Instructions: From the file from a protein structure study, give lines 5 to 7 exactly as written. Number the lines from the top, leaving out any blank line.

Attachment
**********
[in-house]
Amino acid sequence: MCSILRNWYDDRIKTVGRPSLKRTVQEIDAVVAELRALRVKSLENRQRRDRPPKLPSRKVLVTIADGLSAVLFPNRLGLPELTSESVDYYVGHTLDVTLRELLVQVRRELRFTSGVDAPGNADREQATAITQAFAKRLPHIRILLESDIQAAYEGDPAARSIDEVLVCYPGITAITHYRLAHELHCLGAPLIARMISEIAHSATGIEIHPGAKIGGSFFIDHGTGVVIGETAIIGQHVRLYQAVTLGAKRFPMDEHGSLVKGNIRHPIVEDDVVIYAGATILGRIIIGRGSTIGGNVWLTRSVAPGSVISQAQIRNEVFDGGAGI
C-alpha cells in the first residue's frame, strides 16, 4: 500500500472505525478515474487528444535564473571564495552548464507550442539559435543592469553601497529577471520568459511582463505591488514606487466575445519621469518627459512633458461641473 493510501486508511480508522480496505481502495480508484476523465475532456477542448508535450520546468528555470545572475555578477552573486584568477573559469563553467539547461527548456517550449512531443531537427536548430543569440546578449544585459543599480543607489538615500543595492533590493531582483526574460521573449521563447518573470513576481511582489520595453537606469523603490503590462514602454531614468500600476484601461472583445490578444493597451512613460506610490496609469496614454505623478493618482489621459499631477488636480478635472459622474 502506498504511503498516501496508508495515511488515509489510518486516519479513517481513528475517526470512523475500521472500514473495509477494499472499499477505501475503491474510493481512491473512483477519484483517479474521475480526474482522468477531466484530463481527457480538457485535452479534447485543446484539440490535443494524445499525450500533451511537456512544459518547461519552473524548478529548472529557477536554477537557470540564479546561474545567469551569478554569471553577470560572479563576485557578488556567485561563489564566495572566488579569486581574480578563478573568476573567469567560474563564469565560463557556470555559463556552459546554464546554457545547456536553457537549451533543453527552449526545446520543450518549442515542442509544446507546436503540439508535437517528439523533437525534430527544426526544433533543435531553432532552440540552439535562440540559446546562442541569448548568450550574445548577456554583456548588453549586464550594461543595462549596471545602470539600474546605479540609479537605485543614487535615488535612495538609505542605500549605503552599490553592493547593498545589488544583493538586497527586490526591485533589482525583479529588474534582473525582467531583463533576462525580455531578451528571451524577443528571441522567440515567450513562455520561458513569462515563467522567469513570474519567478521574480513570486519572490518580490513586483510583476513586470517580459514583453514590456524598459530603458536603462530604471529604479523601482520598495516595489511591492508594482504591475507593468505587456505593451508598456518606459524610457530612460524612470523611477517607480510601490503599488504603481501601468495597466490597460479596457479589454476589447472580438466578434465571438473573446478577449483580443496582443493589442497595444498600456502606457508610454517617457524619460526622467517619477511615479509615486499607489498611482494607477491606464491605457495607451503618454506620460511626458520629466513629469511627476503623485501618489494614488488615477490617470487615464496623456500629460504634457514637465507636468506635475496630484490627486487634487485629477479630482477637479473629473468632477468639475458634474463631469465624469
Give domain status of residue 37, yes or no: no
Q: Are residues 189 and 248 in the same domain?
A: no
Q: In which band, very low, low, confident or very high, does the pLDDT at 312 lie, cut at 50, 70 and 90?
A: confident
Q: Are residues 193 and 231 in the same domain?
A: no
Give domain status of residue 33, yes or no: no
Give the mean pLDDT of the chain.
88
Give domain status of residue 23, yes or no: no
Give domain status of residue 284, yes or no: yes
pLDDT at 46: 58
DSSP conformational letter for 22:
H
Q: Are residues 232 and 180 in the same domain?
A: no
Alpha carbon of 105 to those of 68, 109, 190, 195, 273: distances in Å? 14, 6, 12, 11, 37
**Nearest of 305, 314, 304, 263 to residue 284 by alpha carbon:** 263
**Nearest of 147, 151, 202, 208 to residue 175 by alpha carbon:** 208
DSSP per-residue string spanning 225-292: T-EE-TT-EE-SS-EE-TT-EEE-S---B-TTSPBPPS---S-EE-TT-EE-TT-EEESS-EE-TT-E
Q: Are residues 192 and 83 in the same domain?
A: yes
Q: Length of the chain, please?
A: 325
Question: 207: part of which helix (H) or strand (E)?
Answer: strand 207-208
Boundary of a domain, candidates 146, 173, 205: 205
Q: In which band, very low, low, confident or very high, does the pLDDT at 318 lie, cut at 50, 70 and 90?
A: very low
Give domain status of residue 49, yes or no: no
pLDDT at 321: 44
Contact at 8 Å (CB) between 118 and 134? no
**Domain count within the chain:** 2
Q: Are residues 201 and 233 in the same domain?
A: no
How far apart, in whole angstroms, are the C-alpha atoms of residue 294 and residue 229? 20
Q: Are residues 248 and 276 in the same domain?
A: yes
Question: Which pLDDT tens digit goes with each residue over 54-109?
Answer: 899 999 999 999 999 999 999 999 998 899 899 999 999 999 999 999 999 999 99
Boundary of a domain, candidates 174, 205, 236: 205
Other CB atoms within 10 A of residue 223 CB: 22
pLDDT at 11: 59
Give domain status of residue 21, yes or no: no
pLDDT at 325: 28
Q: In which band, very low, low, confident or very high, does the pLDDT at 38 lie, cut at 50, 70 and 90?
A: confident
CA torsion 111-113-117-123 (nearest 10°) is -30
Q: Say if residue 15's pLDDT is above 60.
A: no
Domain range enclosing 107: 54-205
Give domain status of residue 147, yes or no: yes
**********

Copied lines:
Q: Are residues 189 and 248 in the same domain?
A: no
Q: In which band, very low, low, confident or very high, does the pLDDT at 312 lie, cut at 50, 70 and 90?